By Gina Lee
Investing.com – Asia Pacific stocks were mostly up Wednesday morning, with Australia reporting a . Investors also remain concerned about the U.S. Federal Reserve withdrawing stimulus measures earlier than expected as the economic recovery from COVID-19 continues ahead of economic data due to be released on Friday.
In Australia, the rose 0.77% by 10:49 AM ET (2:49 AM GMT). Data released earlier in the day said that Gross Domestic Product grew 1.8% and 1.1% for the first quarter of 2021.
South Korea’s edged up 0.18%, with the country’s rising 2.6% year-on-year in May, above April’s 2.3% growth.
Japan’s rose 0.48% and Hong Kong’s inched down 0.06%.
China’s fell 0.46% while the inched up 0.07%. The remained unchanged after the People’s Bank of China forced banks to hold more foreign currencies in reserve in order to stem the yuan’s surge.
Investors remain concerned that central banks will pair back their stimulus measures earlier than expected due to the ongoing economic recovery from COVID-19 in the U.S., China, and parts of Europe.
In the U.S., data released on Tuesday said the rose 61.2 in May, higher than the 60.9 figure in forecasts prepared by investing.com and April’s 60.7 reading. However, it also indicated supply shortages and labor constraints.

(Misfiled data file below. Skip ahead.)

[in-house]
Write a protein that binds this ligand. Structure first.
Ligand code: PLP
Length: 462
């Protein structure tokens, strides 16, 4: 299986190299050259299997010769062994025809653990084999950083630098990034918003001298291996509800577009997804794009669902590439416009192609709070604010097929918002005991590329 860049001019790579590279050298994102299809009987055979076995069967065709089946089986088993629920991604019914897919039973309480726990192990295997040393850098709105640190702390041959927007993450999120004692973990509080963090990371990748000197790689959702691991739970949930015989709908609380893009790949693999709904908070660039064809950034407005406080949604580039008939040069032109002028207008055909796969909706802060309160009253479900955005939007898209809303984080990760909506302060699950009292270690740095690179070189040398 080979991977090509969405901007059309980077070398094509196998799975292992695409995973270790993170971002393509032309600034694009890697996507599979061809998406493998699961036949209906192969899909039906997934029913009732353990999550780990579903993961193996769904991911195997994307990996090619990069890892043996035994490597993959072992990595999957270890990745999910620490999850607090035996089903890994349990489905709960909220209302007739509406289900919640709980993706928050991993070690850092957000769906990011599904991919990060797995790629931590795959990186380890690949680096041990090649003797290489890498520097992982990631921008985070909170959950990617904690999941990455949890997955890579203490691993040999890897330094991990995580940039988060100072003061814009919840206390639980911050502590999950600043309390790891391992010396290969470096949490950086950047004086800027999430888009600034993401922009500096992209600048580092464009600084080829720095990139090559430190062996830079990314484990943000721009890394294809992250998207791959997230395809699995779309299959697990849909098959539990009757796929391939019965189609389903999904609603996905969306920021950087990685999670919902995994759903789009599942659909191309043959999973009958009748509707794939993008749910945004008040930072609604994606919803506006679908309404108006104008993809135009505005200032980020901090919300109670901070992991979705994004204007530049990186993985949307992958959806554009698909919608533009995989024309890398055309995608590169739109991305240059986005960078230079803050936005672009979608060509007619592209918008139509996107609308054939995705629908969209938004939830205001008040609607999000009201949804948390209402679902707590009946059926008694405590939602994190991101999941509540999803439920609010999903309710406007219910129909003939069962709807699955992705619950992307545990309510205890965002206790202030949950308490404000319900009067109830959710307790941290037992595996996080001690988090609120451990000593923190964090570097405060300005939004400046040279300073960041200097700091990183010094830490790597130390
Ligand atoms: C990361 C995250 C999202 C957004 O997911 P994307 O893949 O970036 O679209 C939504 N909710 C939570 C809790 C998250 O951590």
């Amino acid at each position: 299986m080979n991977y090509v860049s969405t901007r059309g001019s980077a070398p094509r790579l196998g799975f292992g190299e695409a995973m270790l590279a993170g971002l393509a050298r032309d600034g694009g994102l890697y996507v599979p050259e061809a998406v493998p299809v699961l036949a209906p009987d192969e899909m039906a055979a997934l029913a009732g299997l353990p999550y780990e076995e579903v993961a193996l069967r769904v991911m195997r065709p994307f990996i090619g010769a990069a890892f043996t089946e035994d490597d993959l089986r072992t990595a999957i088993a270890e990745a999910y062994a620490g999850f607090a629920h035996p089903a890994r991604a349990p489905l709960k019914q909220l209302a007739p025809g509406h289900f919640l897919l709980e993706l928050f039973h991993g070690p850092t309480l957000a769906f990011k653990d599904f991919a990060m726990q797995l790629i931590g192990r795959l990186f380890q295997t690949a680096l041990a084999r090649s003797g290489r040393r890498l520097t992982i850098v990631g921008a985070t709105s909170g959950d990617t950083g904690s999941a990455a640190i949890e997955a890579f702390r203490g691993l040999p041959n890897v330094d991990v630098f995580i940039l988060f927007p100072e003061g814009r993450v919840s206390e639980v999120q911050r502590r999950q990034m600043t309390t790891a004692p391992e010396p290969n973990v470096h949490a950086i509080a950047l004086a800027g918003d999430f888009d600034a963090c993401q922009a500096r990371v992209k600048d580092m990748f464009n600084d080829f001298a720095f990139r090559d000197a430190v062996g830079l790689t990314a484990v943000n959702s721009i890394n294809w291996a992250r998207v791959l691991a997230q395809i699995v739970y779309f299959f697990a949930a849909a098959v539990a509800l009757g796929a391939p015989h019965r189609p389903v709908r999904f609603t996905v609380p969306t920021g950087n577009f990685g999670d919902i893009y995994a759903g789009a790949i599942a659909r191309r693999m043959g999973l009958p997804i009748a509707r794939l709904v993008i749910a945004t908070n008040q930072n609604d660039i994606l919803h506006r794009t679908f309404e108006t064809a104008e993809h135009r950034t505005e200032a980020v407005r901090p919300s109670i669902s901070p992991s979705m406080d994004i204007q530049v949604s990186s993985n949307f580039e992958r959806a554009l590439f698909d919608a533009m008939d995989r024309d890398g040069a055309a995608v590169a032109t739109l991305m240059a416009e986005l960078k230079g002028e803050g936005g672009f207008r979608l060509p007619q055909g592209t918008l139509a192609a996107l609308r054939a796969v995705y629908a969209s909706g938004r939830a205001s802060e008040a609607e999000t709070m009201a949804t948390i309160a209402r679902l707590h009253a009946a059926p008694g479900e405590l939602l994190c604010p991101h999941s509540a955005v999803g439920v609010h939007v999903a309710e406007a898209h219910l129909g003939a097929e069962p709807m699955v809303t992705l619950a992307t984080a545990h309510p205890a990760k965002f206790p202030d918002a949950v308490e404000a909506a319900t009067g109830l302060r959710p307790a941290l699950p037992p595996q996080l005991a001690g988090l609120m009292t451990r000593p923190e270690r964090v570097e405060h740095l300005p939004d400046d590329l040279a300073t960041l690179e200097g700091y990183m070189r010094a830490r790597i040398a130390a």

The labor shortage has hindered the ongoing economic recovery from COVID-19 in the U.S., according to U.S. Federal Reserve governor Lael Brainard, who added “for all these reasons, the supply–demand mismatches in the labor market are likely to be temporary, and I expect to see further progress on employment in coming months.”
Brainard also reiterated that the central bank is not set to change its current dovish monetary policy for a while. “Remaining steady in our outcomes-based approach during the transitory reopening surge will help ensure the economic momentum that will be needed as current tailwinds shift to headwinds is not curtailed by a premature tightening of financial conditions,” she said.
Investors now await key U.S. economic data to be released on Friday, including and in May, to gauge the economic outlook.
“Investors would see a surge in payrolls growth as a sign that the Fed is more likely to move,” Lauren Goodwin, portfolio strategist at New York Life Investments, told Bloomberg.
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